A key debt restructuring agreement and pandemic-driven demand, which has pushed up global petrochemicals market and prices, has helped the petrochemcial giant record its a first historic net profit, writes Abdulaziz Khattak
Amid an increase in demand for petrochemicals, major players like Sadara Chemical Company (Sadara) have reported a surge in profits supported by price increases due to pandemic-driven demand, supply disruptions, and an upward trend indicating a post-Covid economic recovery.
Last month, the Jubail-based petrochemical complex announced SR4.4 billion ($1.17 billion) in Q1 2021 revenues, more than 80 per cent higher than the same quarter last year. It also recorded its first historic net profit of over SR1.6 billion compared to net losses of more than SR1.27 billion in the same quarter of 2020. The Sadara complex consists of 26 manufacturing units that produce more than 3 million tonnes per year (tpy) of chemicals and plastics.
Sadara is among nine Saudi petrochemical companies that have seen a turnaround thanks to improved market conditions. The Saudi petrochemicals sector reported overall, net profits of SR8.5 billion in Q1 compared with collective losses of SR3.2 billion over the same period in 2020, according to Argaam.
Analysts see the rising trend to continue throughout 2021 especially as demand grows for packaging, medical goods, and protective equipment, vital in the fight against the relentless pandemic. All this signals more profit for petrochemical companies.
The improved performance of Sadara, a joint venture between Saudi Aramco (60 per cent) and Dow Chemical (40 per cent), was bolstered by higher selling prices, continuous financial discipline, and a modification gain of SR1.05 billion from debt reprofiling, the company said in a Tadawul filing.
In March, Sadara signed an agreement to restructure its debt repayment, which was aligned to match expected future cash flow generation. Accordingly, debt maturity has been extended from 2029 to 2038. Furthermore, Saudi Aramco and Dow have pledged to approve a total of $3.7 billion of senior debt principal as per their ownership interests in Sadara respectively.
Dr Faisal Al-Faqeer, Sadara’s CEO, said debt reprofiling was an essential move that positioned the company us well for the long term in both local and global markets. He said: 'The company marked many milestones and achievements in various areas as a world-class organization since it reached full operations, reflecting our continuous commitment to our shareholders and stakeholders.'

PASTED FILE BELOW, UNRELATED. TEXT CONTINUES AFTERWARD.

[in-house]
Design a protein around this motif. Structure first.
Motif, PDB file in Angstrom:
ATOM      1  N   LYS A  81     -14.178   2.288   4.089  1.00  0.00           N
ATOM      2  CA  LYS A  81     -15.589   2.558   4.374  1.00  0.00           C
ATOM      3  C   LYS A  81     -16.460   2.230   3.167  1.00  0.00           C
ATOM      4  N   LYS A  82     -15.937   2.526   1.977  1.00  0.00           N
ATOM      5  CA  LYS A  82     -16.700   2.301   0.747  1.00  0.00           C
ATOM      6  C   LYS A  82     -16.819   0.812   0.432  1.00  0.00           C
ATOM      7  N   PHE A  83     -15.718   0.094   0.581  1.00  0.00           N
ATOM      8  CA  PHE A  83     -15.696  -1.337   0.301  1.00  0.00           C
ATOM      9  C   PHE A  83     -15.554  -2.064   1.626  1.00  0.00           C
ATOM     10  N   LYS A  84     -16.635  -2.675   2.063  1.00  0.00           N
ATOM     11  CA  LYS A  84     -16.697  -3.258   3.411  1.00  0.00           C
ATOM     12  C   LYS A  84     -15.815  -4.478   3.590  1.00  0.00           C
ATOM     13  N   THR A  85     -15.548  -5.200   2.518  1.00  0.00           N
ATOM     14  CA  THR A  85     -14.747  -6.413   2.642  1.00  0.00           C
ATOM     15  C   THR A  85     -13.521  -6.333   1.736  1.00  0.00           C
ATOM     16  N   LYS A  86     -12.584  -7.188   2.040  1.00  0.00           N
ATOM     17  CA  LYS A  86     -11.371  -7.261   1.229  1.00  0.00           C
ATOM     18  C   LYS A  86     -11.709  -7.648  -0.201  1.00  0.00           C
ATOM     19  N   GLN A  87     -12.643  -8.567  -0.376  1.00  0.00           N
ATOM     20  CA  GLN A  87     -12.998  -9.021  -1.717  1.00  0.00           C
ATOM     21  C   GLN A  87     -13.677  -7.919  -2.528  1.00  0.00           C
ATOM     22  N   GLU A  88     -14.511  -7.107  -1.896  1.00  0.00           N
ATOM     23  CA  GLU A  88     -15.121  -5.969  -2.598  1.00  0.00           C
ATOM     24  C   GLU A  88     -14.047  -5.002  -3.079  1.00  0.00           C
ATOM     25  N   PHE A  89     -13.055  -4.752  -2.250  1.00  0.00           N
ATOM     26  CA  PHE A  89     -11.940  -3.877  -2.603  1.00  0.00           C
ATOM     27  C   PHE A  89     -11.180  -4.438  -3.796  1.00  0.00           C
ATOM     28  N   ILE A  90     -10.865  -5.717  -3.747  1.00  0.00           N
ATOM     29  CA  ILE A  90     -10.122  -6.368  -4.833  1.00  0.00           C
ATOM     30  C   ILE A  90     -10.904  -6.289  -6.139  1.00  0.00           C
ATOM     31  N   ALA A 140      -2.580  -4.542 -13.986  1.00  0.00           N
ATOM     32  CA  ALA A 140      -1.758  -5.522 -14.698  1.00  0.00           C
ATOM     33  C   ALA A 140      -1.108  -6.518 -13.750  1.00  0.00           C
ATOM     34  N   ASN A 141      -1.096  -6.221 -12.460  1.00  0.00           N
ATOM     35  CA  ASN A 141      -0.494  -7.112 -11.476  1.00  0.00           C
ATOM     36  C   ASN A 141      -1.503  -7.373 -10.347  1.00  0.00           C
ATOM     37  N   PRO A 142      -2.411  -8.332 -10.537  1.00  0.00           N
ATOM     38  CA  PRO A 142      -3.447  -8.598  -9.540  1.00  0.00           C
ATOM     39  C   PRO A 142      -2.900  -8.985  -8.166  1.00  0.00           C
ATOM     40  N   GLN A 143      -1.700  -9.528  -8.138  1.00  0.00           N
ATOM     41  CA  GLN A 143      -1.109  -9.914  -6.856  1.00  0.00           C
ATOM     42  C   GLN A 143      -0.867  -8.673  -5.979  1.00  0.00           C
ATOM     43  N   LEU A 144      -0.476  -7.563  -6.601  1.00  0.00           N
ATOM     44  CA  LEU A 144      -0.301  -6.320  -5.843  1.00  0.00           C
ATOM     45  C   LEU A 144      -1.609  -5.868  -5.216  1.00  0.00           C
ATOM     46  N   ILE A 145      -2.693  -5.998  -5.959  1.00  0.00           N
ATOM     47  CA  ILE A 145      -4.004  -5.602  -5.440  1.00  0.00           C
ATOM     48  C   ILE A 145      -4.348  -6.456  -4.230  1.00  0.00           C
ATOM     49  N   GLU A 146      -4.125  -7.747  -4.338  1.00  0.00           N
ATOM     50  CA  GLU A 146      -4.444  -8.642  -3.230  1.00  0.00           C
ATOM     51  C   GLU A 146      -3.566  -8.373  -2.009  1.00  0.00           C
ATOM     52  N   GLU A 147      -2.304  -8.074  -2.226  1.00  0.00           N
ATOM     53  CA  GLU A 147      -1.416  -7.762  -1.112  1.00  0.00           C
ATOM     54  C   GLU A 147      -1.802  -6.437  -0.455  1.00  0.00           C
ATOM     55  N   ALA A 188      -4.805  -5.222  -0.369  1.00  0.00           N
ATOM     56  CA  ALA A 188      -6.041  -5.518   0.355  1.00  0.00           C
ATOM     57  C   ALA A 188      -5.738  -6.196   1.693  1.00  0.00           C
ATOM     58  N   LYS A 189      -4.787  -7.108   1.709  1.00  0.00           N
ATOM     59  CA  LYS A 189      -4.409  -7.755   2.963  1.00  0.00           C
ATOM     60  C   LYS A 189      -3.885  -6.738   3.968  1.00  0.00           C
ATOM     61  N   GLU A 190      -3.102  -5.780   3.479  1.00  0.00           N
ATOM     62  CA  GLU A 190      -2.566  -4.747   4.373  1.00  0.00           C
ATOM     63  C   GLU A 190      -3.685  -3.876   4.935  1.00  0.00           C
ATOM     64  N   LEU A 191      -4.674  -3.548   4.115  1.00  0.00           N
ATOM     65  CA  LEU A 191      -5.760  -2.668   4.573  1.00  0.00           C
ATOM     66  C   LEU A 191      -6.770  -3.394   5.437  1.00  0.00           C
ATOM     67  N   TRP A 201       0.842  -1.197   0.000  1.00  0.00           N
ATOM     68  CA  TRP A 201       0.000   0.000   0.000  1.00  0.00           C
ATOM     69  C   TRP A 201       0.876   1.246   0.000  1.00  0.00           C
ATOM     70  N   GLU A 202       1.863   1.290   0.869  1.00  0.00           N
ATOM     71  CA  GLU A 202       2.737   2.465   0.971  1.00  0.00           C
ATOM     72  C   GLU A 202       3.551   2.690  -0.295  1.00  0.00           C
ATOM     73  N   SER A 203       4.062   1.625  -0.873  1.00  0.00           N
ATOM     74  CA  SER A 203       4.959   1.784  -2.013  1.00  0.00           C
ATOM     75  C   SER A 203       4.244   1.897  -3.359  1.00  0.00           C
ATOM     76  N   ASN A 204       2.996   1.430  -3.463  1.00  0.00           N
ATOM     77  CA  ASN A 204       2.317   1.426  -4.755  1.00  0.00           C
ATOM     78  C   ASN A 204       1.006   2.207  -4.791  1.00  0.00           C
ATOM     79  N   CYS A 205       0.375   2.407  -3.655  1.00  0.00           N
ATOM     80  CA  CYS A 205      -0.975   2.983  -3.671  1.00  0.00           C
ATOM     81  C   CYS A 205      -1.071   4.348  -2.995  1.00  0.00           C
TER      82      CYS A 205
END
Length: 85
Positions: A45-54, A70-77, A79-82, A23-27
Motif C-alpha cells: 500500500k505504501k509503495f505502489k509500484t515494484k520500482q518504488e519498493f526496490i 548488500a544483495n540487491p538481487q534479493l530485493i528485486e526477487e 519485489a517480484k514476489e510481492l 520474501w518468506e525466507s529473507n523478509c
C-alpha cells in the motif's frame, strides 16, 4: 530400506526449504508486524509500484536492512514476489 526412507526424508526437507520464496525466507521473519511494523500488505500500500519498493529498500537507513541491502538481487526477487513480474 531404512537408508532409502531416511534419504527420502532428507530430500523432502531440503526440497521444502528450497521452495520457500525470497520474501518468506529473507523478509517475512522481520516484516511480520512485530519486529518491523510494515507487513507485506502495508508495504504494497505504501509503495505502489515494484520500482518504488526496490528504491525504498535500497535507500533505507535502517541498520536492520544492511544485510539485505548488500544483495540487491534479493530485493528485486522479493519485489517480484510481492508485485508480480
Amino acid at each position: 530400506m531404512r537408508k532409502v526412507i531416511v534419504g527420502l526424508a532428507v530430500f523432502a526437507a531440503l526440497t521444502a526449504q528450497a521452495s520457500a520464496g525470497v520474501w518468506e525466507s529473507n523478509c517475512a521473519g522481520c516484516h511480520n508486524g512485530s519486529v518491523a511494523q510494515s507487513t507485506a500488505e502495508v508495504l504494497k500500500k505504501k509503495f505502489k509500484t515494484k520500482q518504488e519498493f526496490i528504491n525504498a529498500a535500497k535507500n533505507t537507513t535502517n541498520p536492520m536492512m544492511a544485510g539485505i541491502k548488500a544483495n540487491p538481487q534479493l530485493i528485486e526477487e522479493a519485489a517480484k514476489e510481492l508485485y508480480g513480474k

Aramco has also agreed to allocate more natural gas feedstock to Sadara, further enhancing its cracker’s flexibility and improving its position on the global manufacturing cost curve.
In April, Sadara completed an unplanned maintenance on its 1.5 million tpy ethylene cracker and 400,000 tpy propylene cracker after reports of problems with the compressor.
The same month, Sadara signed a long-term agreement to supply feedstock chemicals to SADIG Industries and ILCO Chemicals (SADIG-ILCO), a Saudi-German joint venture focused on the manufacture of a wide range of specialty chemicals.
SADIG-ILCO is building a chemical manufacturing facility in Jubail’s PlasChem Park at an investment of $70 million.
According to the terms of the agreement, SADIG-ILCO’s new PlasChem Park facility will receive ethylene oxide (EO) and propylene oxide (PO) from Sadara through its new under construction EO/PO pipelines.
Separately, Sadara has agreed to give SABIC marketing rights to its products. This comes after an agreement between Aramco and Dow to market the finished products produced by Sadara in line with their equity ownerships, beginning mid-2021. Aramco last year acquired a 70 per cent stake in SABIC.
Currently, Sadara markets its products within a geographically restricted region, while Dow markets it elsewhere globally.
Effective July 1, Sadara will cease marketing activities and will instead pay marketing fees to Aramco and Dow. The transition of marketing rights will gradually increase over the next five years.
By marketing Aramco’s share of Sadara’s products, SABIC expects to 'drive further supply chain efficiencies, strengthen its brand and combined product and services offering, and help to maintain competitive preference in the global chemicals industry,' SABIC said.
Despite the challenges posed by the pandemic, Sadara has taken a series of proactive and preventive measures to ensure the health and safety of its employees, as well as maintaining sustainability goals.
These were recognised through an award from the Gulf Petrochemicals and Chemicals Association (GPCA), which declared it an Operation Clean Sweep (OCS) Partner
The OCS initiative, which involves the participation of more than 60 countries, is designed to help plastics industry operations reduce the accidental loss into the environment of pellets, flakes and powder throughout processing facilities and across the entire supply chain.
Al-Faqeer proudly said Sadara is the first in the GCC to receive the OCS recognition since the program was adopted in the Gulf by GPCA in late 2020, adding it recognizes the company’s enduring commitment to sustainability and environmental protection in its operations regionally and internationally.